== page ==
Rather than embarking on an extreme investing strategy—and I do think a 100% stock portfolio in retirement is extreme—I recommend a different approach: Create a comprehensive retirement income plan that takes into account how much annual income you need to cover your expenses (which you can estimate using this BlackRock Retirement Expense Worksheet); how much of that yearly income must come from your savings; and how much you can reasonably withdraw from savings each year without incurring too big a risk of running through your nest egg too soon (which you can gauge using this retirement calculator).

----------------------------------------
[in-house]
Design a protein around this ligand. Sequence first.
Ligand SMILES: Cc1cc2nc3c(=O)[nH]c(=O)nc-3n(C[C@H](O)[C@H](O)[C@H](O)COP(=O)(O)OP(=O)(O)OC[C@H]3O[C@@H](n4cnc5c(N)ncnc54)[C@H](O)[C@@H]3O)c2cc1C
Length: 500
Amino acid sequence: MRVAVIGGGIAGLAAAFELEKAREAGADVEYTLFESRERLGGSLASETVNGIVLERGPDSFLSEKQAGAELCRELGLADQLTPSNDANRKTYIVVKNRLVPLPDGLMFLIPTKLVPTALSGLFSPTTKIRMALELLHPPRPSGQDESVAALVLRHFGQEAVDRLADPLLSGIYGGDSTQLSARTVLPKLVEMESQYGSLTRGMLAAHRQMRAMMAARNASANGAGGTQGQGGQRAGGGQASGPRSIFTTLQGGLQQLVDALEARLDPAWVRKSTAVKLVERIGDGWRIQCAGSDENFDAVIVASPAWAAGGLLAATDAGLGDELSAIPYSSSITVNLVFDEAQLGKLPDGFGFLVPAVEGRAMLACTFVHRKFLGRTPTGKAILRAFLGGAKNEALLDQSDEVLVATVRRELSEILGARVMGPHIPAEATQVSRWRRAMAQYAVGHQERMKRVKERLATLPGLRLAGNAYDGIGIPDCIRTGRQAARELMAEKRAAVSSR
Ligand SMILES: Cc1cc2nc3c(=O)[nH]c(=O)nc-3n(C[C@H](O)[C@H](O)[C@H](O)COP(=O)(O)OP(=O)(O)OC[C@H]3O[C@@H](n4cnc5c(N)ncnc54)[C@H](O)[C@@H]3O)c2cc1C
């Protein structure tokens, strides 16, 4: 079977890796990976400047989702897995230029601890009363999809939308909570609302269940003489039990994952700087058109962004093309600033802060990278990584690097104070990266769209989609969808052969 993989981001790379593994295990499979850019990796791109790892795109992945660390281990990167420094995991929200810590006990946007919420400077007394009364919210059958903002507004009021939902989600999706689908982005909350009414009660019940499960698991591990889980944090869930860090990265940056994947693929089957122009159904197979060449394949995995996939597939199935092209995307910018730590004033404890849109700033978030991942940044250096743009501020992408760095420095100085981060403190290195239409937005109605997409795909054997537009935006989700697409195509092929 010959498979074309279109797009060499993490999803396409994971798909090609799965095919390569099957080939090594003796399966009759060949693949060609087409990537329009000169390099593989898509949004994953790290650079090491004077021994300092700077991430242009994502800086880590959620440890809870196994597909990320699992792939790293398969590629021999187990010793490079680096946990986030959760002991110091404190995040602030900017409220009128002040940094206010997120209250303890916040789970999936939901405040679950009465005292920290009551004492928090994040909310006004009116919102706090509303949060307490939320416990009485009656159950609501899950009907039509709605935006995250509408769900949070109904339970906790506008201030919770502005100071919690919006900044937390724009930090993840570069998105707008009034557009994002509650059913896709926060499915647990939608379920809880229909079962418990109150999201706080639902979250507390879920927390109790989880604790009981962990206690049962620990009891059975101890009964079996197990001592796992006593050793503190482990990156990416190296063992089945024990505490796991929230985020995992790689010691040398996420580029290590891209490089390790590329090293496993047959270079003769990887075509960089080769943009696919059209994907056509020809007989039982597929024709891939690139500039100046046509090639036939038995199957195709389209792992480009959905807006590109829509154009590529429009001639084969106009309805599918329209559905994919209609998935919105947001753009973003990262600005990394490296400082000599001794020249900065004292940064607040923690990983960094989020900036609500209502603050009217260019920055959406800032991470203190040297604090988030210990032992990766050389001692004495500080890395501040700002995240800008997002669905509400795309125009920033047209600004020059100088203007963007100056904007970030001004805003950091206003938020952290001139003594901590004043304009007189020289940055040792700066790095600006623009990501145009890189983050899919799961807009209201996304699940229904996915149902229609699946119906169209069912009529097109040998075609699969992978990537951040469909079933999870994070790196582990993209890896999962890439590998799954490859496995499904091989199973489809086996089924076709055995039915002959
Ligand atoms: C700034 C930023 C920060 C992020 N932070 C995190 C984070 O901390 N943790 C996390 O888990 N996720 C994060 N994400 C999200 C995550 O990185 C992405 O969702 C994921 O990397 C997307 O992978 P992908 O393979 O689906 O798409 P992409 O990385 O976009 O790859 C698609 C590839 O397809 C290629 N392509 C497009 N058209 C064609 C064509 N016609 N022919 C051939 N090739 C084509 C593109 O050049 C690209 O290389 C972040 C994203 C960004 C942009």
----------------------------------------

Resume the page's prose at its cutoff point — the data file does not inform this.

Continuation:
As for investing, your primary goal should be to arrive at a stocks-bonds mix that can provide solid returns without exceeding your tolerance for risk—in short, a portfolio capable of sustaining your savings withdrawals throughout retirement and that you’ll be able to stick with even through a deep and prolonged bear market. This risk tolerance-asset allocation questionnaire can help you create such a stocks-bonds mix.
Finally, when you have a stocks-bonds blend that seems right for you, you can plug that mix, as well as others more conservative and more aggressive, into that retirement income calculator I mentioned to see how your chances of maintaining a given level of withdrawals from your nest egg go up or down with different stocks-bonds allocations. I think you’ll find that, as long as your planned withdrawals are reasonable, you don’t have to take big investing risks to ensure that your savings last as long as you do.